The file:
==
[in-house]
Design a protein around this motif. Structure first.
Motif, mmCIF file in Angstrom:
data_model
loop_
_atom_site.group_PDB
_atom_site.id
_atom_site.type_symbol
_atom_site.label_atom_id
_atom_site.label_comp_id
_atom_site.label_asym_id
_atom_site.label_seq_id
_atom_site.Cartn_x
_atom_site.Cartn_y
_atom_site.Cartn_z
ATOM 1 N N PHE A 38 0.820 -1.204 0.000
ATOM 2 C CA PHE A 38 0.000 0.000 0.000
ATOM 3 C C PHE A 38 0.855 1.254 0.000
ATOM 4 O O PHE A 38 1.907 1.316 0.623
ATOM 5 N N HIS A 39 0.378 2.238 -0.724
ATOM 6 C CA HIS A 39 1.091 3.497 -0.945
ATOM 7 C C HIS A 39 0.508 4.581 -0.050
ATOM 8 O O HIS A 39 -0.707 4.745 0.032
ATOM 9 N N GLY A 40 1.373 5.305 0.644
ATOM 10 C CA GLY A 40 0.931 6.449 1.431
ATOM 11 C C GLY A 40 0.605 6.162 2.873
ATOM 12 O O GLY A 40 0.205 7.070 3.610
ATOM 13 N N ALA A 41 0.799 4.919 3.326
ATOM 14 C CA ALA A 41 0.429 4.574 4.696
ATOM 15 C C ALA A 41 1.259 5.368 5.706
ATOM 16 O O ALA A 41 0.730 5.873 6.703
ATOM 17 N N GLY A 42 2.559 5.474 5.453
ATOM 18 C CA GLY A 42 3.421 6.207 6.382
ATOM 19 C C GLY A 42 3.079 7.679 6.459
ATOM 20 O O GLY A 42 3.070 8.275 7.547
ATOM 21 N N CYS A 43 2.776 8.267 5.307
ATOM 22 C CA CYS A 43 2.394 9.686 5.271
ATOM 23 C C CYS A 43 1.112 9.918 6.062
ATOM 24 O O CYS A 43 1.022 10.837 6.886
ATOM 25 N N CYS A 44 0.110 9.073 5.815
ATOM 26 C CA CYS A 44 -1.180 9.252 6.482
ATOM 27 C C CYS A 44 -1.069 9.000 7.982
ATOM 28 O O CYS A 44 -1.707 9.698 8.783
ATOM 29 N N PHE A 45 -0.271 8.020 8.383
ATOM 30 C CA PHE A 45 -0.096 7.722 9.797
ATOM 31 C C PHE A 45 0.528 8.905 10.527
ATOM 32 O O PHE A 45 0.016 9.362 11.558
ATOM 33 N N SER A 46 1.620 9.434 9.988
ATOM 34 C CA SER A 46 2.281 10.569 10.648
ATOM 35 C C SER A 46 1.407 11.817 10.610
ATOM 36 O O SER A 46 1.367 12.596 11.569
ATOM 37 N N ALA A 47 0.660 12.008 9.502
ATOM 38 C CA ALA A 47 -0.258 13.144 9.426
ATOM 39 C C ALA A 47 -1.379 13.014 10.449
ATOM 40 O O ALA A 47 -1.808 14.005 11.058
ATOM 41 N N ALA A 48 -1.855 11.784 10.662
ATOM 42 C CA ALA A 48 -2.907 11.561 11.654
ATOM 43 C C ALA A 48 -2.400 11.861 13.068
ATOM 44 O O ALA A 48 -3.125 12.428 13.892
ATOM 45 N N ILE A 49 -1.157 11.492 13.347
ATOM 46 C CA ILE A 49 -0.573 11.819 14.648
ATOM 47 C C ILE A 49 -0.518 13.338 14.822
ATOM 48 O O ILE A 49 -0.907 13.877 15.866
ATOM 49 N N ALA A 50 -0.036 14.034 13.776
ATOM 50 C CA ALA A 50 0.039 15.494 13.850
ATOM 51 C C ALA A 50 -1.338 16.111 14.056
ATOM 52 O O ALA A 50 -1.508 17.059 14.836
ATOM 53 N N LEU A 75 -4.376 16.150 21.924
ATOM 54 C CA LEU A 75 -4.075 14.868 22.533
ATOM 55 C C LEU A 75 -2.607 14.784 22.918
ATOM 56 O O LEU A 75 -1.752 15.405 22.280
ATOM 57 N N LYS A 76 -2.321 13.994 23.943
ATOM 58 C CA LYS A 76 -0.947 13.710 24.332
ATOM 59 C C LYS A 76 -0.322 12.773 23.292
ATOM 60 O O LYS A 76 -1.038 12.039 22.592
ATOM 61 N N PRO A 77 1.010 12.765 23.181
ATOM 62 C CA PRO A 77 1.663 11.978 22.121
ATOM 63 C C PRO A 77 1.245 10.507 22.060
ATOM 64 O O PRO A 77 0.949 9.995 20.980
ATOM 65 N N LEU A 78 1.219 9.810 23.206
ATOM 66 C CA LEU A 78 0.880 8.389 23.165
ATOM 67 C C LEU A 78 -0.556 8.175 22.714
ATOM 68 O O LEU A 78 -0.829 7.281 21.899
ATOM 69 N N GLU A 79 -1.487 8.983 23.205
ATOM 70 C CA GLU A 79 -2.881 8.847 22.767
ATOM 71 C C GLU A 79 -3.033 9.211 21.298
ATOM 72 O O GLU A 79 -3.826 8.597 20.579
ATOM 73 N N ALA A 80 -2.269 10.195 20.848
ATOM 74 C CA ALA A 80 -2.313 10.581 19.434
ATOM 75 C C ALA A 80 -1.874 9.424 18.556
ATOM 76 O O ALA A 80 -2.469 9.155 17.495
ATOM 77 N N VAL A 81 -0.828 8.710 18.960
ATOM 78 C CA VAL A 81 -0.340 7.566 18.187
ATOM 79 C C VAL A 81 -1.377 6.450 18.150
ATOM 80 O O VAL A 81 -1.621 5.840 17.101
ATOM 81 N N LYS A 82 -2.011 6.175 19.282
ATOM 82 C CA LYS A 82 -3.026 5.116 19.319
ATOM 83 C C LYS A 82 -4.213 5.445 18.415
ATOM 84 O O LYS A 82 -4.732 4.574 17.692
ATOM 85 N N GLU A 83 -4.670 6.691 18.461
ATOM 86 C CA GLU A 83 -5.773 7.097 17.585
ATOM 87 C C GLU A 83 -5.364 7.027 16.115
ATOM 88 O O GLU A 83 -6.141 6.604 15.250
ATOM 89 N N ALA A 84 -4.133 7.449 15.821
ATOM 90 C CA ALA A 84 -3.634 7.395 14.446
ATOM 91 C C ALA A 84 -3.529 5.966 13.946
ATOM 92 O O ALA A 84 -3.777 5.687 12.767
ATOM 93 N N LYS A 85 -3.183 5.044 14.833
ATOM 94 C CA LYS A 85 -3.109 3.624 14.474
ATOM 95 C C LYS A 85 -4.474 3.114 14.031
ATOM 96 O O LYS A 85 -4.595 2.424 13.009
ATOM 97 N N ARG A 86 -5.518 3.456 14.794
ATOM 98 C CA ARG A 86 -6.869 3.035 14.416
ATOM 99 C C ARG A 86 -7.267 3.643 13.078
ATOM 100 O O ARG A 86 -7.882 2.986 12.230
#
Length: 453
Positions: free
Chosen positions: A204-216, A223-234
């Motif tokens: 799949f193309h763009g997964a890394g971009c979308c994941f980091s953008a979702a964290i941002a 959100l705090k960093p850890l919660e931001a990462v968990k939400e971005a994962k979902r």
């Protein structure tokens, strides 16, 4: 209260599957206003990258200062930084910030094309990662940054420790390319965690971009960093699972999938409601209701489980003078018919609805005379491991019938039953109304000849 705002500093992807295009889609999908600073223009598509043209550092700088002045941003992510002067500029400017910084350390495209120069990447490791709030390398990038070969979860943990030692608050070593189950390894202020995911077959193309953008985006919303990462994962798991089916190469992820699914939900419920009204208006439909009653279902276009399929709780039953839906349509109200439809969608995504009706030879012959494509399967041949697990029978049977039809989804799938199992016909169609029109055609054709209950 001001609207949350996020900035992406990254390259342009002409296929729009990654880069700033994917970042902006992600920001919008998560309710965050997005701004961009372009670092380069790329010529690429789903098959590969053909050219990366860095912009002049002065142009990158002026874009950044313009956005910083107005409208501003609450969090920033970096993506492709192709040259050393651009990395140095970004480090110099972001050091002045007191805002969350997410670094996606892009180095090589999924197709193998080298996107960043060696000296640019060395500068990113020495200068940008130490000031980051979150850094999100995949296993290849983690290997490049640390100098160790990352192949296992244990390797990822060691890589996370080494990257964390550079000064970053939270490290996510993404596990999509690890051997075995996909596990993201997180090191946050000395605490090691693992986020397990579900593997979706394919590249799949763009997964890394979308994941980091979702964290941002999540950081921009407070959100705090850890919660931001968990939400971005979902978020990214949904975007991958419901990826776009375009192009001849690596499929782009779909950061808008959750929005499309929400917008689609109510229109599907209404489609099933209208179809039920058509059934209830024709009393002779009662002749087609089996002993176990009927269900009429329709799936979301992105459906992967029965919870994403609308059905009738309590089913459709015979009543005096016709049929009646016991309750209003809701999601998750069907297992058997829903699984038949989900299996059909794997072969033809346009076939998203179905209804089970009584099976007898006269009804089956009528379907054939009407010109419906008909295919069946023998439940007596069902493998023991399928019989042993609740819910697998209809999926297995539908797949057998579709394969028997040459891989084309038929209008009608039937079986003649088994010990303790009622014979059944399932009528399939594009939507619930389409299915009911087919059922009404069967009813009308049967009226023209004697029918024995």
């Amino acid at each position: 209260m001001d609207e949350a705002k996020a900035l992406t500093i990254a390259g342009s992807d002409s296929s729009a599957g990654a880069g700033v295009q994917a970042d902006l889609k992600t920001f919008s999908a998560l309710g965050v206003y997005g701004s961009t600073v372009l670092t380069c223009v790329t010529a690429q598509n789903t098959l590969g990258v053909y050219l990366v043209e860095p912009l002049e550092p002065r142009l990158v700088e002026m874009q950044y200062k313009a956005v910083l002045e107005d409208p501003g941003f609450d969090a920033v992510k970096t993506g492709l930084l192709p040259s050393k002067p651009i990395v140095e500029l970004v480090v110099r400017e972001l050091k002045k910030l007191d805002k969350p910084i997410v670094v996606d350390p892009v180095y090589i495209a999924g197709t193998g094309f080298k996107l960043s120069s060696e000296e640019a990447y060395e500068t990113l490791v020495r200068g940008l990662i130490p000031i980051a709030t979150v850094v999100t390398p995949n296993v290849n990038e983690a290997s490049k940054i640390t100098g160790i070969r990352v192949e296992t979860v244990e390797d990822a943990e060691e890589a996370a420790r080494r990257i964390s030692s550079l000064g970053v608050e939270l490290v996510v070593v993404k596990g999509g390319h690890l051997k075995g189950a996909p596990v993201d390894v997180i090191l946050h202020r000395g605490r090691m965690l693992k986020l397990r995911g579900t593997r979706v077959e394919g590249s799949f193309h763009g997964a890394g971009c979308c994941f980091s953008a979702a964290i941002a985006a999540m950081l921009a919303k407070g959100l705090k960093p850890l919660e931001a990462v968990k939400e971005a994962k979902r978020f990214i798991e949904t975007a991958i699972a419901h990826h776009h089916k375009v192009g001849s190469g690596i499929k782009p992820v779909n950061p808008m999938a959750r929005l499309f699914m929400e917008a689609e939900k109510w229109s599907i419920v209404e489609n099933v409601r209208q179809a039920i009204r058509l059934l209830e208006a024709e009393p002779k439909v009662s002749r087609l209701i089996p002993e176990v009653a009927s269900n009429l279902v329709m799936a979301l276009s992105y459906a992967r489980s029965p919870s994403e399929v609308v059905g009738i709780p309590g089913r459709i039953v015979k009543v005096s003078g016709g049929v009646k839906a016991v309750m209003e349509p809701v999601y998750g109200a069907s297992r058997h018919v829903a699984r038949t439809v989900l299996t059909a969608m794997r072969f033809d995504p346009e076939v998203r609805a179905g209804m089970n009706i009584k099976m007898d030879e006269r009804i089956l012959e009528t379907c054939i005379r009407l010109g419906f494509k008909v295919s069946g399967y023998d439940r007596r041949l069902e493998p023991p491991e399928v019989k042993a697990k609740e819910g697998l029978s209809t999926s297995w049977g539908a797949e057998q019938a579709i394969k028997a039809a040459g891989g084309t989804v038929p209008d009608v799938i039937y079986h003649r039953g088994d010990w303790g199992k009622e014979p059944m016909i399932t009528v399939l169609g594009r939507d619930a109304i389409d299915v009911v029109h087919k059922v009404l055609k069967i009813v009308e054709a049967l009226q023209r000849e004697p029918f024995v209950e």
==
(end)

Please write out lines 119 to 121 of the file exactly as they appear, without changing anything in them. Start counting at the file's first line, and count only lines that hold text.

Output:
Chosen positions: A204-216, A223-234
């Motif tokens: 799949f193309h763009g997964a890394g971009c979308c994941f980091s953008a979702a964290i941002a 959100l705090k960093p850890l919660e931001a990462v968990k939400e971005a994962k979902r």
């Protein structure tokens, strides 16, 4: 209260599957206003990258200062930084910030094309990662940054420790390319965690971009960093699972999938409601209701489980003078018919609805005379491991019938039953109304000849 705002500093992807295009889609999908600073223009598509043209550092700088002045941003992510002067500029400017910084350390495209120069990447490791709030390398990038070969979860943990030692608050070593189950390894202020995911077959193309953008985006919303990462994962798991089916190469992820699914939900419920009204208006439909009653279902276009399929709780039953839906349509109200439809969608995504009706030879012959494509399967041949697990029978049977039809989804799938199992016909169609029109055609054709209950 001001609207949350996020900035992406990254390259342009002409296929729009990654880069700033994917970042902006992600920001919008998560309710965050997005701004961009372009670092380069790329010529690429789903098959590969053909050219990366860095912009002049002065142009990158002026874009950044313009956005910083107005409208501003609450969090920033970096993506492709192709040259050393651009990395140095970004480090110099972001050091002045007191805002969350997410670094996606892009180095090589999924197709193998080298996107960043060696000296640019060395500068990113020495200068940008130490000031980051979150850094999100995949296993290849983690290997490049640390100098160790990352192949296992244990390797990822060691890589996370080494990257964390550079000064970053939270490290996510993404596990999509690890051997075995996909596990993201997180090191946050000395605490090691693992986020397990579900593997979706394919590249799949763009997964890394979308994941980091979702964290941002999540950081921009407070959100705090850890919660931001968990939400971005979902978020990214949904975007991958419901990826776009375009192009001849690596499929782009779909950061808008959750929005499309929400917008689609109510229109599907209404489609099933209208179809039920058509059934209830024709009393002779009662002749087609089996002993176990009927269900009429329709799936979301992105459906992967029965919870994403609308059905009738309590089913459709015979009543005096016709049929009646016991309750209003809701999601998750069907297992058997829903699984038949989900299996059909794997072969033809346009076939998203179905209804089970009584099976007898006269009804089956009528379907054939009407010109419906008909295919069946023998439940007596069902493998023991399928019989042993609740819910697998209809999926297995539908797949057998579709394969028997040459891989084309038929209008009608039937079986003649088994010990303790009622014979059944399932009528399939594009939507619930389409299915009911087919059922009404069967009813009308049967009226023209004697029918024995």